Environment: Sea density data

Sea density

The sea density can be constant at all positions in the sea or it can vary with depth and/or horizontal position.

By default the sea density is constant. This is the most common value to use, since in most models the effects of density variation are not significant. For some systems, however, density variation is important because it causes buoyancy variation.

Note: Density variation only affects the buoyancy of objects. OrcaFlex does not allow for density variation when calculating hydrodynamic effects such as drag, added mass, etc. For these effects, and for object properties reports (where the object position is not known), a nominal sea density value is used, which is taken to be the density value at the sea density origin.

Vertical density variation

Vertical density variation governs whether, and how, the water density varies with depth. The vertical density variation may be set to one of the following:

It is possible to model a dry land system in OrcaFlex by using constant density with value zero.

Horizontal density variation

Modelling density variation with horizontal position requires you to define a horizontal variation factor variable data source, which specifies the variation along a given axis. The horizontal variation factor is assumed to be constant in the direction normal to the axis. The variation is presented as a dimensionless multiplicative factor. Where variation of density with depth has been defined, the factor will be applied at all depths.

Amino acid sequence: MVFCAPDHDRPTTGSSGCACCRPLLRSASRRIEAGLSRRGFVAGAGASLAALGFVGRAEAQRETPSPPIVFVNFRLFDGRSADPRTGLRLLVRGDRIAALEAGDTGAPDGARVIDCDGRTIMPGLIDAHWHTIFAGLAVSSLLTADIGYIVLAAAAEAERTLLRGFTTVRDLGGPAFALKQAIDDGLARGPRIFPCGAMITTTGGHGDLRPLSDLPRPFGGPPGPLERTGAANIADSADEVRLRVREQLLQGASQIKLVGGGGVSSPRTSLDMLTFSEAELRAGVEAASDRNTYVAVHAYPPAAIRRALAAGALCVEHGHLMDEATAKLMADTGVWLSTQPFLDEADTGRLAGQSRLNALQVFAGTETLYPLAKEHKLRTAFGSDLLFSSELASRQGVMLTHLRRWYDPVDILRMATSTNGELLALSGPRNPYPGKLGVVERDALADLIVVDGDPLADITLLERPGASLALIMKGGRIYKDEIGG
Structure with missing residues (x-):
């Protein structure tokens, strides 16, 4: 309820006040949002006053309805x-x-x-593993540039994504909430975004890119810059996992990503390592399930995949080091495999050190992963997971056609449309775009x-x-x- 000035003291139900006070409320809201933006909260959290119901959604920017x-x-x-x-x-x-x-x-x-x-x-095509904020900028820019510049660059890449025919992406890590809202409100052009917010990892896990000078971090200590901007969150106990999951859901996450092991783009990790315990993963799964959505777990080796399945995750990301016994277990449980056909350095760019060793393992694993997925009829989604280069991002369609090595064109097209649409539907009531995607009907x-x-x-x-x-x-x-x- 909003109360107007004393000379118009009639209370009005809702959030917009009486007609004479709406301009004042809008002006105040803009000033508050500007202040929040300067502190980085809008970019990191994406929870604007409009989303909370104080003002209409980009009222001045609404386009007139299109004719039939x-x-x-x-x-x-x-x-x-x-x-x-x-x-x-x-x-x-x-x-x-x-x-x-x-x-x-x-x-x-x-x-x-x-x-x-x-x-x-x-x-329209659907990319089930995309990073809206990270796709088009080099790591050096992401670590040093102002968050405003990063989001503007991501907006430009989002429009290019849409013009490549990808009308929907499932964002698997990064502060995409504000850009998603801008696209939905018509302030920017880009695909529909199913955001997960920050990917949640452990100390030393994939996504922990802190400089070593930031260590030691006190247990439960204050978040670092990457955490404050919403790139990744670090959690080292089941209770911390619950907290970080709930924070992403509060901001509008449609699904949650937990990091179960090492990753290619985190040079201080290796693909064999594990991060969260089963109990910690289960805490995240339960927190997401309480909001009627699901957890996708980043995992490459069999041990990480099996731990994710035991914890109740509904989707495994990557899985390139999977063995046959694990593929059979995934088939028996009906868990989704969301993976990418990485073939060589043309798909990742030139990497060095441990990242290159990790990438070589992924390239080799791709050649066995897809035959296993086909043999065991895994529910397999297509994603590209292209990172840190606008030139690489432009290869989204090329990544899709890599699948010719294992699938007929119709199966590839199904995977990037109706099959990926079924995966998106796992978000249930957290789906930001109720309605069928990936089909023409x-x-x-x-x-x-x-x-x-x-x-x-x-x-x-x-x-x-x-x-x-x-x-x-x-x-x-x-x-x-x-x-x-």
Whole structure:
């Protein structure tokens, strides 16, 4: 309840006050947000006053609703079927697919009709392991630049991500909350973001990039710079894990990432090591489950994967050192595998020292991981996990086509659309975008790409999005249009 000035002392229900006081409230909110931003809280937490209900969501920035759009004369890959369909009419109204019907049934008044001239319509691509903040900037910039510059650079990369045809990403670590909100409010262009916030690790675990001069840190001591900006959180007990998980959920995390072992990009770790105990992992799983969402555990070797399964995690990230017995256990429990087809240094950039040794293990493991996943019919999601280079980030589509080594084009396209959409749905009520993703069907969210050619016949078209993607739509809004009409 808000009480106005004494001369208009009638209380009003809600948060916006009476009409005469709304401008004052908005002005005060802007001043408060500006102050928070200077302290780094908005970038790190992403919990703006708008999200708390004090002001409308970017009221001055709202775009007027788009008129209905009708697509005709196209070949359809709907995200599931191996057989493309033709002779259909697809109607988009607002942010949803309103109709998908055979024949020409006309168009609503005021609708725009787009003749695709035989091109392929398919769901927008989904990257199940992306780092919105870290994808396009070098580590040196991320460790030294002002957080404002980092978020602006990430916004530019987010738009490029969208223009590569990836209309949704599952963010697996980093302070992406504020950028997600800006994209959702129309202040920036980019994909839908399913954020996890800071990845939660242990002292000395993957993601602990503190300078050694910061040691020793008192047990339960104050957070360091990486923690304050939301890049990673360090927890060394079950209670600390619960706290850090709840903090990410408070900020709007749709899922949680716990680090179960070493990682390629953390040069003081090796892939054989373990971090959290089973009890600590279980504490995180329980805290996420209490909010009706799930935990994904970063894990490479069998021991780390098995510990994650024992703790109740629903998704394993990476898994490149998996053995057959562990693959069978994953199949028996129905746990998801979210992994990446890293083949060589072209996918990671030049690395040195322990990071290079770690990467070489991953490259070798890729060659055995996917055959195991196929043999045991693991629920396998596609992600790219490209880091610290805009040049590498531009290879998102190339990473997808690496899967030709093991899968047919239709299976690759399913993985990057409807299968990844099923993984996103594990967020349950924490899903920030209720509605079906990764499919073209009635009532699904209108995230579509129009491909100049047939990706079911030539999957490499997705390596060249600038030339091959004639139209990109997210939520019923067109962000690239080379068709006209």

You may also give a constant numeric value here, which will be applied to the density throughout as a uniform scaling factor. This allows you to, for example, scale a vertical density profile given non-dimensionally. The default value of ~ indicates that no horizontal variation or scaling is performed.

Sea density origin

As explained above, for all hydrodynamic calculations other than buoyancy OrcaFlex uses a single sea density value, that at the sea density origin. We define the sea density origin as follows:

If there is no horizontal density variation, then the sea density origin is at $(0, 0, \text{Sea Surface Z})$. The $X$ and $Y$ coordinates are arbitrary; the sea density value used is that at the still water level, which is the same anywhere in the horizontal plane.

If horizontal density does vary, then the sea density origin is at $(X, Y, \text{Sea Surface Z})$, where $X$ and $Y$ are the origin coordinates for the horizontal variation axis.